1497. Psittacula eupatria nepalensis

(1497) Psittacula eupatria nepalensis Hodgs.
Psittacula eupatria nepalensis, Fauna B. L, Birds, 2nd ed. vol. iv, p. 109.
The actual breeding range of this Paroquet has not been very well defined. It breeds in the hills of the Western Himalayas as far East as Nepal and over the whole of Northern India in the plains as far as Western Bengal, whence it has been recorded from Calcutta, though I should expect the Calcutta birds to be indoburmanica. South it occurs in Raipur and Sambalpur in the Central Provinces and also in the West as far South as Kanara, These last birds again may be the same as the Ceylon form, an opinion undoubtedly finally held by Davidson.
Like the last race, this Paroquet may be found in any kind of country, and is common in Northern India in gardens, avenues to roads and in cultivated land round villages. It will breed in practically any tree which suits its convenience. Possibly Mango trees in groves provide the favourite nesting sites and, as a rule, they prefer to make their nesting-holes at great heights from the ground, somewhere between 20 and 40 feet up. At the same time many nests may betaken between 10 and 20 feet from the ground, Hutton says that he has found the Cotton-tree (Bombax heptaphyllum, and B. malabaricum) the favourite trees for nesting, while some birds select such hardwood-trees as the Sal (Shorea robusta). As a rule the birds choose natural holes in which to deposit their eggs ; in some cases these are used just as they are, but often the birds enlarge both the entrance and the internal chamber. At other times these Paroquets drill neat circular holes into rotten trees and cut out the whole of the chamber for themselves, while occasionally they are said to hollow out their homes in trees which are quite sound and hard. It is said also that they sometimes make use of deserted nesting-holes of Barbets or Woodpeckers, enlarging those which are not big enough to allow of their easy entrance and exit.
Osmaston took one clutch of eggs “in a square hole in the dome of a big mosque-like building in Peshawar city, 50' up. Nest of straw, feathers etc, (a deserted Myna’s nest).”
Often, of course, the holes used by Paroquets in trees have been previously occupied by Mynas, Pied Robins etc., and then the old nests of these birds are not turned out but serve as soft beds for the young Paroquets ; at the same time I do not think the birds themselves ever make a nest of any sort.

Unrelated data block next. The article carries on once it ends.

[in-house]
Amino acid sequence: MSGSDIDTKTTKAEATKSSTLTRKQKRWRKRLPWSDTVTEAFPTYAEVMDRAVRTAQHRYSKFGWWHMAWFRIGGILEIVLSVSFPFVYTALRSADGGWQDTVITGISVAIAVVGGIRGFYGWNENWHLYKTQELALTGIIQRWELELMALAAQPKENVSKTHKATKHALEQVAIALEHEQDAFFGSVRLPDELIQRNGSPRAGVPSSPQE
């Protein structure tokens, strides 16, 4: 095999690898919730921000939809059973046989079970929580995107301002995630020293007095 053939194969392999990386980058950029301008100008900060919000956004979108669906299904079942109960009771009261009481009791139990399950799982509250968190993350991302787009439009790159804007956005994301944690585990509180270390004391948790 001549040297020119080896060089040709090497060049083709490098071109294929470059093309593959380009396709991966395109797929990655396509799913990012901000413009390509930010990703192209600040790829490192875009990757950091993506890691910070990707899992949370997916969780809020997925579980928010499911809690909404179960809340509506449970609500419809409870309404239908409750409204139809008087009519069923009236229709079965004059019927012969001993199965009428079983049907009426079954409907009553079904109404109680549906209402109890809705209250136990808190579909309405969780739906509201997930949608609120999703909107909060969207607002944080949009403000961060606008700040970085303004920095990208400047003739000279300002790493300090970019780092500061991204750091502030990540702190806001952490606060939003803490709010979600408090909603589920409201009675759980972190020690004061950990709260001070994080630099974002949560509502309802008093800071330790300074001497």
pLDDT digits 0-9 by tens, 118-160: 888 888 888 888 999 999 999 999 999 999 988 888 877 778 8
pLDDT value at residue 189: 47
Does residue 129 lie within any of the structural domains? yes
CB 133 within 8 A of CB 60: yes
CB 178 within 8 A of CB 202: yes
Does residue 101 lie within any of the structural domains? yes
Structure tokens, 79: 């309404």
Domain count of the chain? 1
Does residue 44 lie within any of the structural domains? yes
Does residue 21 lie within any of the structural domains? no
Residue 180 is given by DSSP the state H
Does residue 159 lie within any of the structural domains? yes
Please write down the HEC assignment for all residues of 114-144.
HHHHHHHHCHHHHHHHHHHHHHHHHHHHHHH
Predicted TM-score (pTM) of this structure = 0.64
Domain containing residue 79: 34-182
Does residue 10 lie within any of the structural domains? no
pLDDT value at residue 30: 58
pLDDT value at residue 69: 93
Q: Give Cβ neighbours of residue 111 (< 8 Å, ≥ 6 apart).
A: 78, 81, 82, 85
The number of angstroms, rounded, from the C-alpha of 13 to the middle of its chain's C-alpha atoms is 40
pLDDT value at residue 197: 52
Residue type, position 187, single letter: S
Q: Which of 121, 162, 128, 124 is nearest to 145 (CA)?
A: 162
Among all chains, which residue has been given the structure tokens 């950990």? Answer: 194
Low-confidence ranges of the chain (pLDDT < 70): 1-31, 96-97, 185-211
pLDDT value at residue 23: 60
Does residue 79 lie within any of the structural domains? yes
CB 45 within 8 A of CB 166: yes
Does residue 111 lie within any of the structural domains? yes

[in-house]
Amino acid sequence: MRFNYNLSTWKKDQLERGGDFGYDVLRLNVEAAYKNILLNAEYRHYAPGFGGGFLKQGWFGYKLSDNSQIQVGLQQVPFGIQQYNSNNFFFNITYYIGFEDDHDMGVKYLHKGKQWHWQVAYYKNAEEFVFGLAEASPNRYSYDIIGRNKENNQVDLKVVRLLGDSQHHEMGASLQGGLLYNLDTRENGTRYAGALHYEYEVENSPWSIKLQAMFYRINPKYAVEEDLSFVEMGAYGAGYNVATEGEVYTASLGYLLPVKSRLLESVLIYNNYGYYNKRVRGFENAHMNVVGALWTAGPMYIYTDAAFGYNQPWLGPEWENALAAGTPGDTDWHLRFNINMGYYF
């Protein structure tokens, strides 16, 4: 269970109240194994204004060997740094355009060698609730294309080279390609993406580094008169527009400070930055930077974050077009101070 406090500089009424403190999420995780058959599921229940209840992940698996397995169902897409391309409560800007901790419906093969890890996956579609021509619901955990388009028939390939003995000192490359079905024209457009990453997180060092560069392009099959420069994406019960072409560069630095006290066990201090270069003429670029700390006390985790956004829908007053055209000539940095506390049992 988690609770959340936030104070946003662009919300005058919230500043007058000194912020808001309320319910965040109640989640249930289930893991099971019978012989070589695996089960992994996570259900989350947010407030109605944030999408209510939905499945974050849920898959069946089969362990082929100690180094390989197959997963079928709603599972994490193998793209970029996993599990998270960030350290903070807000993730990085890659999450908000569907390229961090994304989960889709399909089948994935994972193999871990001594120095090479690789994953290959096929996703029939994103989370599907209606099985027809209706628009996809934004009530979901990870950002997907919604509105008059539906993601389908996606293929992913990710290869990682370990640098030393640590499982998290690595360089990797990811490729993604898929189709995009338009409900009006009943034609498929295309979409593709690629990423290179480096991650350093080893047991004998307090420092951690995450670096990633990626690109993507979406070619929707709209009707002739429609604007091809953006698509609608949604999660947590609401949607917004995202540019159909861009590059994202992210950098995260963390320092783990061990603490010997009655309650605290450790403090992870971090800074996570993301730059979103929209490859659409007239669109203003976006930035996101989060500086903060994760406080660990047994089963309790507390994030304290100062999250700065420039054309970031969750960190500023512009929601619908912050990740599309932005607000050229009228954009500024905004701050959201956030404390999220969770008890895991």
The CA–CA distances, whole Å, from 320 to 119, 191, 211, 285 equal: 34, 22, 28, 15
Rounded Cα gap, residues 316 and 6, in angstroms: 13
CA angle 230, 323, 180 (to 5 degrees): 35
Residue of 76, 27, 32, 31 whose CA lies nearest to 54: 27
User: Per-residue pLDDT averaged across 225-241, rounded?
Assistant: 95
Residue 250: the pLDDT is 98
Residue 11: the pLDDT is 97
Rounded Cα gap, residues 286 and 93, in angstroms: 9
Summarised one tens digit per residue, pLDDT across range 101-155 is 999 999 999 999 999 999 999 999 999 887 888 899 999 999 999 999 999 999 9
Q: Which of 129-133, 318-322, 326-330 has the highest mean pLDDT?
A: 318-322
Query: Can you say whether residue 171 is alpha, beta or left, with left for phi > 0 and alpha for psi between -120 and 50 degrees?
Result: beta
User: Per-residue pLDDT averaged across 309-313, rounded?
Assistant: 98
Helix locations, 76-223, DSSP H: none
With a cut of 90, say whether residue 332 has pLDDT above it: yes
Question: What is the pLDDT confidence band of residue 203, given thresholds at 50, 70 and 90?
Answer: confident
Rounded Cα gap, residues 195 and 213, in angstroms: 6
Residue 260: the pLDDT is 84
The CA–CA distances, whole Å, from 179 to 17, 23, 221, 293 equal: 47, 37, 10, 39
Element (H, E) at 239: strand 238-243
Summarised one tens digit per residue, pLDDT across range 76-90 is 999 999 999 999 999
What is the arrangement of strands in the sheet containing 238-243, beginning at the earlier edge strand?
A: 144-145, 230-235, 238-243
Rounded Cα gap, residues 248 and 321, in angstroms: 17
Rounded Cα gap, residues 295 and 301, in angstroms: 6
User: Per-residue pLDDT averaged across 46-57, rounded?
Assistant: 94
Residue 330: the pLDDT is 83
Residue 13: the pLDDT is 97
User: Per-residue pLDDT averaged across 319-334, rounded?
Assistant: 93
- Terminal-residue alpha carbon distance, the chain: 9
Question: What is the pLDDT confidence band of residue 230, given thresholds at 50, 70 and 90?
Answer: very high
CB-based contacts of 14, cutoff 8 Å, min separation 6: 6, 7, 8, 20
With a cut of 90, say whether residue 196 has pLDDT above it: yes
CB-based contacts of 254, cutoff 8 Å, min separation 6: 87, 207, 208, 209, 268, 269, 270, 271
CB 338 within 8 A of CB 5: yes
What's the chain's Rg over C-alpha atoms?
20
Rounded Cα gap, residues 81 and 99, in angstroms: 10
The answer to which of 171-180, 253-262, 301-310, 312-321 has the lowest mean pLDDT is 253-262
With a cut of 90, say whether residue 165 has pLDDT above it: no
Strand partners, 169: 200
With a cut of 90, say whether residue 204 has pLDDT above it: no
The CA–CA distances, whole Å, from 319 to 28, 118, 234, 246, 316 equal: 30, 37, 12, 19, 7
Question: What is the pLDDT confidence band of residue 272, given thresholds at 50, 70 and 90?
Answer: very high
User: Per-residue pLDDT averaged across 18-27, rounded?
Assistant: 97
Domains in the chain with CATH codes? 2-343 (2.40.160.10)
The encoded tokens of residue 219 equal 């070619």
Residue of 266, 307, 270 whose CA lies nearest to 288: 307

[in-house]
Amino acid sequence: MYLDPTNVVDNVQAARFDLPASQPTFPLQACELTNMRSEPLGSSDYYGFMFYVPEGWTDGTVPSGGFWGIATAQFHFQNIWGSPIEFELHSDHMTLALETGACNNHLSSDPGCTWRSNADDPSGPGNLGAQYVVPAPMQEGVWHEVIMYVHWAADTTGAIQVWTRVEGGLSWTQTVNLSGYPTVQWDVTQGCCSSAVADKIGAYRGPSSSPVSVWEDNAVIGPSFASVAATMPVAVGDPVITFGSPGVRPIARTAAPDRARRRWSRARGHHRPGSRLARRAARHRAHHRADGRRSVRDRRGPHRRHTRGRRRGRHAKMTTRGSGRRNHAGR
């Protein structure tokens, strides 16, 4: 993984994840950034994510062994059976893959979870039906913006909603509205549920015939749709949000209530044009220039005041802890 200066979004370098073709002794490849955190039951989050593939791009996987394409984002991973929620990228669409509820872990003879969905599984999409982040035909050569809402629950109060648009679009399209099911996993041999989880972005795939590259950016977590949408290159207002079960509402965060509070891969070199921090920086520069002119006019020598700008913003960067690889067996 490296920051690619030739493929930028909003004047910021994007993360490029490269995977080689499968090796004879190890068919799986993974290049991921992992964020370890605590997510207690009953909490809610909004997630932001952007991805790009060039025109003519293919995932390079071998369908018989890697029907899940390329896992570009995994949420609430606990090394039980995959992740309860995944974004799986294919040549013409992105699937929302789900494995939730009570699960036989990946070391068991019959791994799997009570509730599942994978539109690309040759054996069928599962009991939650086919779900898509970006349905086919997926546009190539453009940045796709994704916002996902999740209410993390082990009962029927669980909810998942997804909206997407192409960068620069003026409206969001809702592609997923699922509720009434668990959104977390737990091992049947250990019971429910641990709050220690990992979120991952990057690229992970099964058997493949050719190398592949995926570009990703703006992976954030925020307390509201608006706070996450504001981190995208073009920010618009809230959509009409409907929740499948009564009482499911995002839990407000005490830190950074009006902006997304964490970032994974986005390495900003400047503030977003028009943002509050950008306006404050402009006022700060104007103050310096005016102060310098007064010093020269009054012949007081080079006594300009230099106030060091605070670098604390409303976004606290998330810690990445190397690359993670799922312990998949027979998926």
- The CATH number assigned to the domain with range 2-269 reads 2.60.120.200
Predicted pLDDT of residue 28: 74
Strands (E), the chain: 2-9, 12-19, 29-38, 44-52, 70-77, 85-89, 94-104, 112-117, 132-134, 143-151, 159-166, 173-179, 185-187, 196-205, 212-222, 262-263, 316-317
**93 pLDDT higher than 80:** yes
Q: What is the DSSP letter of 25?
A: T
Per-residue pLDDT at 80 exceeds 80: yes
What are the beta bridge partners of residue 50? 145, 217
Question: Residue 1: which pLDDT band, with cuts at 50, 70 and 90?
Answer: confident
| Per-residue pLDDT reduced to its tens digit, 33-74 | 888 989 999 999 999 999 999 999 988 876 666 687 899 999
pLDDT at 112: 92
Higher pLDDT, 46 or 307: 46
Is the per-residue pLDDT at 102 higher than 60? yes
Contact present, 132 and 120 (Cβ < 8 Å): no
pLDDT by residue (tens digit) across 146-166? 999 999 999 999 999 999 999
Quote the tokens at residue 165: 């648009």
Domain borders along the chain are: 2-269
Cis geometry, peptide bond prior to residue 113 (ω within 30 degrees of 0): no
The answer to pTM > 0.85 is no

Ticehurst (Ibis, 1923, p. 43) thinks that in Sind this bind is not indigenous but that the birds, which are now “common in Karachi, but are not found elsewhere, are all the descendants of escaped birds.” This, however, is not the case. Bulkly took the eggs of this Paroquet before I went to India in 1881 near Karachi, and Eates tells me that the bird is extremely common in Upper Sind in many places. At Ubauro ho found forty nests in one day in February mostly containing callow young, but a few with eggs, of which he sent me a clutch of four. The inhabitants spoke of the birds as being known from all time "within human knowledge.”
In Karachi Ticehurst says it “breeds early, and chiefly utilizes bungalow chimney-pots for nesting in the absence of suitable trees” ; But Eates found them “breeding in holes in large siris, pipal and lai trees,”
The breeding season is from December to April, most birds laying in January and February.
The full clutch consists of three or four eggs.
Sixty eggs average 35.2 x 28.7 mm. : maxima 29.7 x 29.0 and 35.7 x 30.3 mm. ; minima 32.2 x 28.4 and 34.9 x 27.3 mm.
Both sexes incubate and both assist in making the nest-hole, which work proceeds at a great speed. If the wood is at all soft the birds tear out great fids in their powerful bills, and a couple of hours suffices to make the entrance and two or three more to complete the nest-chamber. When the wood is hard the work may take a week or even ten days.
The birds sit very tight, often refusing to move and attacking with savage bites any hand which may be foolishly inserted. Anyone wishing to remove eggs of any Paroquet should swathe their hands in a cloth or wear very stout leather gauntlets.
Hutton says that incubation takes about twenty-one days, and I have found that with the next race, indoburmanica, nineteen to twenty-one days is the time occupied. The fledgling period lasts over a month.

The Nidification Of Birds Of The Indian Empire
Baker, Edward Charles Stuart. The nidification of birds of the Indian Empire. Vol. 3. 1934.
Title in Book: 
1497. Psittacula eupatria nepalensis
Spp Author: 
Book Author: 
Edward Charles Stuart Baker
Page No: 
Common name: 
Indian Large Paraquet
Psittacula eupatria nipalensis
Vol. 3

Add new comment

This question is for testing whether or not you are a human visitor and to prevent automated spam submissions.
Enter the characters shown in the image.
Scratchpads developed and conceived by (alphabetical): Ed Baker, Katherine Bouton Alice Heaton Dimitris Koureas, Laurence Livermore, Dave Roberts, Simon Rycroft, Ben Scott, Vince Smith